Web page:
Discussions among practitioners of the shock-testing art and a series of round robins have shown that the results obtained from mechanical shock experiments performed in different laboratories very widely. To emphasize the problem, it has been found that different generations of hardware/software systems from one of the major system vendors produce results that disagree by up to 30 percent. A 1995 paper described a study that examined some of the critical parameters that affect shock response spectrum (SRS) results and reported on their use by some of the practitioners in the field.1 The paper showed that parameters such as anti-alias filter characteristics, ac-coupling strategies, and analysis algorithm/strategy can strongly affect the results and that they are not uniformly applied by system suppliers or users. This paper discusses the problem further and presents an analytical procedure that may be applied to achieve agreement between the data sets acquired and analyzed by different laboratories.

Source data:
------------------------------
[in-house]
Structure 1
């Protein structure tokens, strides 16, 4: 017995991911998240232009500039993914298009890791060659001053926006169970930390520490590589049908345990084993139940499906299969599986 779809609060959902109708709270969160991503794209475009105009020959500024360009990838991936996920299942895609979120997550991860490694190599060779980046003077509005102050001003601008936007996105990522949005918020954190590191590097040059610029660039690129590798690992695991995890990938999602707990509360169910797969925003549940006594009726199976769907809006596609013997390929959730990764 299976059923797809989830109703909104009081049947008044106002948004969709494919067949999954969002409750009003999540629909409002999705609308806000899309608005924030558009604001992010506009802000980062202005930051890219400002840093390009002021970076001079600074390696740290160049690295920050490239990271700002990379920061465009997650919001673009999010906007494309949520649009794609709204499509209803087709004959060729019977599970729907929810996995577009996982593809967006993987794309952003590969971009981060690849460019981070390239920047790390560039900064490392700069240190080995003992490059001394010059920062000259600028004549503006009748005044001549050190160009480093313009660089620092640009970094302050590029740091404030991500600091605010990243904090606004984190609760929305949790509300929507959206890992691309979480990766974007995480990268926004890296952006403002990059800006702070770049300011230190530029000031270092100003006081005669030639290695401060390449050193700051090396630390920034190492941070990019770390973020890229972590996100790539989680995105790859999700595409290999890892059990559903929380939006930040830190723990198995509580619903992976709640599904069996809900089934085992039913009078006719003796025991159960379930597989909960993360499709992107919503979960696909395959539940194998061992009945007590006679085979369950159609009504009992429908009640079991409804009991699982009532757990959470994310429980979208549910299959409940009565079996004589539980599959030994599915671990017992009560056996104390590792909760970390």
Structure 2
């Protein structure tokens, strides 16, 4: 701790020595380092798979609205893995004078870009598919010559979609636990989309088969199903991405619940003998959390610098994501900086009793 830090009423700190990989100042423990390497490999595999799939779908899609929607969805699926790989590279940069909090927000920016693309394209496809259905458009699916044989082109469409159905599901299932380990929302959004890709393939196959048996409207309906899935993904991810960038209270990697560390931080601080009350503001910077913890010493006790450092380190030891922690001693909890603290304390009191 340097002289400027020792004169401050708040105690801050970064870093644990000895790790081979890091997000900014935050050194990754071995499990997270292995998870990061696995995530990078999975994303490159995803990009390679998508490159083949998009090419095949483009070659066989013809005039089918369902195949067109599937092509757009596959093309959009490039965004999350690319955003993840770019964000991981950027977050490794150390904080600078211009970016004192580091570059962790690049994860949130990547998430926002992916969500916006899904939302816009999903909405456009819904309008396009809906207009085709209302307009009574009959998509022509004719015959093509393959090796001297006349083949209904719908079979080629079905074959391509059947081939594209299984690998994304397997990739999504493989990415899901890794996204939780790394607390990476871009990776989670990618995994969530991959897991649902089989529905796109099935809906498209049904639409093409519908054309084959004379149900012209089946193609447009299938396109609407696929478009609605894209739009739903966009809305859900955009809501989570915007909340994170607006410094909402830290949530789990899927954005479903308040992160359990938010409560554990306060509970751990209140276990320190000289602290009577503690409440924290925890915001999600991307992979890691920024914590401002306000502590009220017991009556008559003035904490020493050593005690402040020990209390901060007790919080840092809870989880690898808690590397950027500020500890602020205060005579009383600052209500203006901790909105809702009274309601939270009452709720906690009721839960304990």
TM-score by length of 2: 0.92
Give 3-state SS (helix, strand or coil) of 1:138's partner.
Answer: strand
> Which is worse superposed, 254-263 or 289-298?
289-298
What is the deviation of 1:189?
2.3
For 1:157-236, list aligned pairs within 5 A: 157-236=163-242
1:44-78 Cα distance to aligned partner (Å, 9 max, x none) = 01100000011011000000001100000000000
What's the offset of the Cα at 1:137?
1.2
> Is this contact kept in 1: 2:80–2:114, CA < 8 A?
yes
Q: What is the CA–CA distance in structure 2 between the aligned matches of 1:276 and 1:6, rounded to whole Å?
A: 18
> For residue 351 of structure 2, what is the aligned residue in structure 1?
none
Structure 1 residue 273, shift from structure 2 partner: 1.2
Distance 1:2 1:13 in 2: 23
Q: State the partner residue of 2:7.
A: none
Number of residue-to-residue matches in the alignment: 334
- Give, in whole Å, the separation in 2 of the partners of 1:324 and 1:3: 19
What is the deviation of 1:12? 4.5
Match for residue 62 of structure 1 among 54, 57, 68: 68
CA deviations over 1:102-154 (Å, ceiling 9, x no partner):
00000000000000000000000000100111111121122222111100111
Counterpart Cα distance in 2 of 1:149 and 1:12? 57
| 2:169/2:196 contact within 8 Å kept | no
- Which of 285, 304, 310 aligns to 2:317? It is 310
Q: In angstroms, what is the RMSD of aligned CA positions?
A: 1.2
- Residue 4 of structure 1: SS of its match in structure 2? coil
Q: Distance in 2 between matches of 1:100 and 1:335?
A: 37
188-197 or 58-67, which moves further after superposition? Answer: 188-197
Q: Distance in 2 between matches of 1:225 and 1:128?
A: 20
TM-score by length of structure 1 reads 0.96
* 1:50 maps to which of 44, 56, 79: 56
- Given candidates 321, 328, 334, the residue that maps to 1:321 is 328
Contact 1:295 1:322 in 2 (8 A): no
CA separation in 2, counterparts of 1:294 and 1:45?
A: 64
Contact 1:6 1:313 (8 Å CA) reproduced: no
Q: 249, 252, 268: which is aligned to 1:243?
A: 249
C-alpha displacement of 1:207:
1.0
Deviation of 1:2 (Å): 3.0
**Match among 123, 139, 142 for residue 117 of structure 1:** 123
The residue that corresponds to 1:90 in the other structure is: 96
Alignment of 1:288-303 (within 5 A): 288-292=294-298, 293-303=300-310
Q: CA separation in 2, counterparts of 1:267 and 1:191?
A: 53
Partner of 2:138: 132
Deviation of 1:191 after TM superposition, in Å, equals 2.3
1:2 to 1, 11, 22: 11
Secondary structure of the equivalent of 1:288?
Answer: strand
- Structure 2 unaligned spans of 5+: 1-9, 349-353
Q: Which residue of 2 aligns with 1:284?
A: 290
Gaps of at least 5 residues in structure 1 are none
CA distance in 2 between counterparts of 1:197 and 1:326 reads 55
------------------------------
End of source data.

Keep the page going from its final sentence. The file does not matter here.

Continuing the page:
A Proposed Method to Standardize Shock Response Spectrum (SRS) Analysis: To Provide Agreement Between Tests Performed at Different Facilities
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Strether Smith, Bill Hollowell; A Proposed Method to Standardize Shock Response Spectrum (SRS) Analysis: To Provide Agreement Between Tests Performed at Different Facilities. Journal of the IEST 31 May 1996; 39 (3): 19–24. doi: https://doi.org/10.17764/jiet.2.39.3.y824684015304218
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